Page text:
Simanaitis Says

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WHAT WITH OPULENCE GONE WILD in the late 1950s domestic auto scene (and increasing popularity of foreign cars notably the Volkswagen Beetle), compacts were a rational response. R&T was there in November 1959 with an all-singing all-dancing compact car theme including road tests of the Ford Falcon and Chevrolet Corvair, together with complete technical analysis of the latter, and another article comparing the 21 (?!) compacts available in the U.S. market. Indeed, the Corvair even made the cover (and the Falcon, a rare 4/c photo within).

Here in Parts 1 and 2 today and tomorrow are tidbits gleaned from these articles.

Defining Characteristics. R&T chose a defining compact wheelbase at 100 to 110 in. It wrote, “To us the most wonderful part of the entire picture is the fact that the compacts from the Big Three are so different from each other. Carried further, and including all 21 cars in this category, we have an even wider variety.”

This and following images from R&T November 1959.

“There are cars,” R&T recounted, “from England, France, Germany, Italy, and Sweden as well as the U.S. Amazingly, only the Corvair has a rear engine, and only one car, the French one, has front-wheel drive.”

Note, the VW Beetle’s 94.5-in. wheelbase put it smaller than compact; ditto for the fwd BMC Mini’s 80.2-in. wheelbase.

On a personal note, the Ford Consul made the list (“not to be overlooked”). And three cars, the Jaguar 3.4 and two Mercedes-Benz sedans, were included by virtue of size, not their up-market status.

John R. Bond’s Corvair Tech Analysis. “To us,” John wrote, “the most interesting technical item on the new Corvair is not the powerplant location, abut rather the type of engine chosen. Air-cooling, like the weather, is one of these things that everybody talks about.”

The Corvair’s 140-cu.-in. (2288-cc) flat-6 produces 80 hp, “deemed sufficient to give performance nearly equal to the big 6.”

“Air cooling,” John wrote, “has many obvious and well known advantages, which need not be explored here. The flat 6 is compact, fits into the ‘trunk’ space easily, is inherently in perfect balance and is basically a smoother-running unit than a flat 4 or even a V-6.”

Other Significant Features. John noted, “Though not new to the automotive industry, the Corvair’s unit structure is the first U.S. application in high production. It is said to be 30% more rigid torsionally than the regular passenger car.”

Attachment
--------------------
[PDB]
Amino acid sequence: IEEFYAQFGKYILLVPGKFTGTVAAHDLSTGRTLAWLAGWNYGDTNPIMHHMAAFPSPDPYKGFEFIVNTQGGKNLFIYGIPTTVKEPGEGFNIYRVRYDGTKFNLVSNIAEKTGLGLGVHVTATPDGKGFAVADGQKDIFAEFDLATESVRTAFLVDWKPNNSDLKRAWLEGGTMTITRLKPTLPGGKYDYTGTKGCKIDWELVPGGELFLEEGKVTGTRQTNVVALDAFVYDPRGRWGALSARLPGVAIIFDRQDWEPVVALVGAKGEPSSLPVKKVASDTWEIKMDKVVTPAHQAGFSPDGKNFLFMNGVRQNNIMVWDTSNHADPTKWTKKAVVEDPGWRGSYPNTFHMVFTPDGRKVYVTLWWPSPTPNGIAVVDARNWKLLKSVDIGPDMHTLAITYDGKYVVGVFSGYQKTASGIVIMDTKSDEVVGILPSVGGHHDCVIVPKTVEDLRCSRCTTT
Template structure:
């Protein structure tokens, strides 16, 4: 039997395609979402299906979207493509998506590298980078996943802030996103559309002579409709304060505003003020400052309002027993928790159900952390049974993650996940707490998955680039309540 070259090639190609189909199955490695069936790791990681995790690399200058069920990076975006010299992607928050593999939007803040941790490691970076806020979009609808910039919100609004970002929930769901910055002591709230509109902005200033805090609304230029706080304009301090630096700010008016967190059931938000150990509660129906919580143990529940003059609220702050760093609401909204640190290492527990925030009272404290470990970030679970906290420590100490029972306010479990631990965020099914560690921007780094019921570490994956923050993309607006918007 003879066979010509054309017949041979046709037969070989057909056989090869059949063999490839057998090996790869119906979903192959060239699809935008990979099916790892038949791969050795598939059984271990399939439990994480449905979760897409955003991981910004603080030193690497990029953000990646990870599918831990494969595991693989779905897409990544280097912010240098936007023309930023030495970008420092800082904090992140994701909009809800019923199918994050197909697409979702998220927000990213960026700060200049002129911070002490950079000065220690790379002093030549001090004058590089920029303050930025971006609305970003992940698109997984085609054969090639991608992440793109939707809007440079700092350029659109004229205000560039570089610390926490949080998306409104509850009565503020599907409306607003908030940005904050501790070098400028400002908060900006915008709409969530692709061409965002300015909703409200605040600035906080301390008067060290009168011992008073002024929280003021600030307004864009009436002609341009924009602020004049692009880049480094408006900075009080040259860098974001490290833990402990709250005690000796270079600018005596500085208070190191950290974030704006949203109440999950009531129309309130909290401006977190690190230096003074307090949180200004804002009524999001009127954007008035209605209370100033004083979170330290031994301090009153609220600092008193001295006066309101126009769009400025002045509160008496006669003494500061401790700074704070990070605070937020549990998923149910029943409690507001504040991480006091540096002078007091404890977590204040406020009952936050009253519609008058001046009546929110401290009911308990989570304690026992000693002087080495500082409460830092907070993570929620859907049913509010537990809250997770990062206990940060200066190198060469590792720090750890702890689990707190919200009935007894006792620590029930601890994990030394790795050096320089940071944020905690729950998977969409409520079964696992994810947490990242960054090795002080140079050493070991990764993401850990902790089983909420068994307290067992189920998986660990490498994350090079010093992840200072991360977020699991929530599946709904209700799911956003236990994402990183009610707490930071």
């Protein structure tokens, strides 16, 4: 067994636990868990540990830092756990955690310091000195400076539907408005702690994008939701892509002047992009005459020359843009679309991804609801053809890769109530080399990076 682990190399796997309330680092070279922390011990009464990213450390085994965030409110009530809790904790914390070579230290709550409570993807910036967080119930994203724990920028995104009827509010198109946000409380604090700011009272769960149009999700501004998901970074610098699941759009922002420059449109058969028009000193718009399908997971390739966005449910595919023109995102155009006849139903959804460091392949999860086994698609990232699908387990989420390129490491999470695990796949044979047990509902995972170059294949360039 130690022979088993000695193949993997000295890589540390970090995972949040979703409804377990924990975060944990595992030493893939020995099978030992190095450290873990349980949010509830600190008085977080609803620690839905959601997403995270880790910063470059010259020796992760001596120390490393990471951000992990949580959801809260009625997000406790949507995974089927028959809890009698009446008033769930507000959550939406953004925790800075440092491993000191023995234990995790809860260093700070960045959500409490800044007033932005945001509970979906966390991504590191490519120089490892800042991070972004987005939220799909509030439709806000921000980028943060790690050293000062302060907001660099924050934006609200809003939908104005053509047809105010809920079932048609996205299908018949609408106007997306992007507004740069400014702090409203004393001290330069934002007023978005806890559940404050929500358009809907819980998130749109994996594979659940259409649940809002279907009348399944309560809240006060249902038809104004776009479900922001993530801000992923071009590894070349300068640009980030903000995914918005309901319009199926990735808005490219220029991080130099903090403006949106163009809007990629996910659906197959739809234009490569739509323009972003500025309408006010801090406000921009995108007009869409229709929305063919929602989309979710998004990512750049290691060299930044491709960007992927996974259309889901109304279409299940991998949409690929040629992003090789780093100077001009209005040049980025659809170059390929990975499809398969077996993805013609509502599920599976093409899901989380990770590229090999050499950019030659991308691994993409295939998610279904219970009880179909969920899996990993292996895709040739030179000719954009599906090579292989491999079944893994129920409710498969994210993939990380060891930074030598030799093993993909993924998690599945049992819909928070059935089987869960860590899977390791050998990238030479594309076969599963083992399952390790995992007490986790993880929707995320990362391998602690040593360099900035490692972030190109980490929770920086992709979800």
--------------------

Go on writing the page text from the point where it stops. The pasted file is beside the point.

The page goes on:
John observed, “Chevrolet’s philosophy concerning the riding qualities of the new car was simple—it had to ride as well as the larger cars…. Technically, the Corvair rear suspension is pure ‘swing.’ Its nearest geometrical equivalent has been used for some time on the Fiat 600.”

“All of the Corvair’s suspension elements are carried on subframes which bolt to the unit chassis/body.”

“The swing axles,” John explained, “are diagonal so that as each rear wheel moves either up or down, it toes out. In spite of this Chevrolet press information says that the car has definite rear-end roll-steer in an understeering direction. If true, this feature, together with the tire pressures [15 psi front, 26 psi rear] gives the Corvair a positive understeer and makes it inherently stable at all times.”    

John concluded by noting “Though the Corvair abounds in interesting ideas, it actually has nothing particularly new, or unknown, or untried. We predict a tremendous public acceptance for this car, literally America’s ‘Folks Wagon.’ ”

Tomorrow in Part 2, R&T tests the Corvair and its principal competitor, the Ford Falcon. ds

© Dennis Simanaitis,, 2023

5 comments on “COMPACT COMPARO 1959 PART 1

  1. John Mcnulty
    February 27, 2023

    I bought a Covair Wagon back in in the early 60s, spun it out twice in the first week, Bought it for $500 and that week sold it to my sister for $500. Neat idea, but a real dog. The car, not my sister.

  2. Bill Rabel
    February 27, 2023

    The two right-most columns puzzle me: lb/ton and wear. Please explain.

    • simanaitissays
      February 27, 2023

      Lb/ton would be Tapley data; the Wear Index was a John R. Bond invention. Each is described here, accessible by Googling Simanaitis Tapley and Simanaitis Wear Index.

  3. -Nate
    February 27, 2023

    I still miss my 1961 700 Corvair Coupe, it’s only option was the PowerGlide slushbox .

    I didn’t know about the tire pressure differential and ran 35 PSI in all four, I was always waiting for the spin out but it never did .

    I drove it hard and fast on the Angles Crest Highway ~ a true Sports Sedan : lively and quick but not overly fast .


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